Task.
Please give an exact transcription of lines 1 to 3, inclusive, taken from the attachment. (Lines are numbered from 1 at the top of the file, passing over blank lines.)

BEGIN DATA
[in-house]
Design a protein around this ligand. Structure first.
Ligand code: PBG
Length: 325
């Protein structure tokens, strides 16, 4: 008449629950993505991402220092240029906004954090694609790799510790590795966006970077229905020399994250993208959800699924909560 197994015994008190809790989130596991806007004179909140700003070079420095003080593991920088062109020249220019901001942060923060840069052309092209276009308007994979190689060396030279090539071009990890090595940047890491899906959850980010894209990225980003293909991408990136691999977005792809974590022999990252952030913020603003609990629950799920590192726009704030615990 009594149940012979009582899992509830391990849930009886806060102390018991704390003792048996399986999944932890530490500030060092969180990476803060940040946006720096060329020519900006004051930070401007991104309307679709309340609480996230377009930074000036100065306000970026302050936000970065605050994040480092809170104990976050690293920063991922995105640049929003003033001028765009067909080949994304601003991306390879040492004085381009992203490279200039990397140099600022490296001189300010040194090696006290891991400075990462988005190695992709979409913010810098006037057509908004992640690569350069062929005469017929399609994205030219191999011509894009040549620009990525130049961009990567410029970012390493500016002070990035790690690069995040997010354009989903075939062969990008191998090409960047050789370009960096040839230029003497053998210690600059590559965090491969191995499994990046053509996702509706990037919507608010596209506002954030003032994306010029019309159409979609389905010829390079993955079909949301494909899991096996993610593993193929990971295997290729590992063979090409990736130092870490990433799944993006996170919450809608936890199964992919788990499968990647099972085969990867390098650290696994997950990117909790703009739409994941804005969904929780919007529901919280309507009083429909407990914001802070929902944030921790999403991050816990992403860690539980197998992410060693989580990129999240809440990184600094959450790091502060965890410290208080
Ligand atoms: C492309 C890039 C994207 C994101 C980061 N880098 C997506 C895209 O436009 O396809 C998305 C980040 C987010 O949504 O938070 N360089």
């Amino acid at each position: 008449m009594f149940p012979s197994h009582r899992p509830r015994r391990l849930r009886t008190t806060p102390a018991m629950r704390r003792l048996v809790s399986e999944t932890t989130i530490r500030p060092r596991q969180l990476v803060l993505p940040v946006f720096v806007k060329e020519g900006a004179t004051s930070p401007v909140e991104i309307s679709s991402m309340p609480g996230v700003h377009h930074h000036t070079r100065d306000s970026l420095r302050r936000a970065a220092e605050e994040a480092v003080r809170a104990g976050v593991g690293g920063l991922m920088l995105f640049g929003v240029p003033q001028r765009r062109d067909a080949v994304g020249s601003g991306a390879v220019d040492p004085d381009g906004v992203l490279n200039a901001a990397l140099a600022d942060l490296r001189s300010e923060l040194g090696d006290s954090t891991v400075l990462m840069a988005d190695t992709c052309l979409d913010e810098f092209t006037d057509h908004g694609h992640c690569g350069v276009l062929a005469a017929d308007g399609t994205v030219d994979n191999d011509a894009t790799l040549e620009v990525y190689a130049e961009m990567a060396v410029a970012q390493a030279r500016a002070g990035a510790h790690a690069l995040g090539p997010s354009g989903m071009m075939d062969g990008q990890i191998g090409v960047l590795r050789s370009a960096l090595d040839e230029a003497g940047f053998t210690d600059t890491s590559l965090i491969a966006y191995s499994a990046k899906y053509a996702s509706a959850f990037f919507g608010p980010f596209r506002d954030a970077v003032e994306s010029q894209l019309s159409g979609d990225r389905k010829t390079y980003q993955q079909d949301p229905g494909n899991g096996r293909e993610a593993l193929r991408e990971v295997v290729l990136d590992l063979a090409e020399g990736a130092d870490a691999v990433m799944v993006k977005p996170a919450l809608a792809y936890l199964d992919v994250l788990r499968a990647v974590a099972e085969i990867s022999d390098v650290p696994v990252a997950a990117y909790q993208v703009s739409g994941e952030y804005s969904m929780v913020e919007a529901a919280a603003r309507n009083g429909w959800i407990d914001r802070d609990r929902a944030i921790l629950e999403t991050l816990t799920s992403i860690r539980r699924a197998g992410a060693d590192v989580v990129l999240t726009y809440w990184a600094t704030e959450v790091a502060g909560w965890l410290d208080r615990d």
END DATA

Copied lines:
[in-house]
Design a protein around this ligand. Structure first.
Ligand code: PBG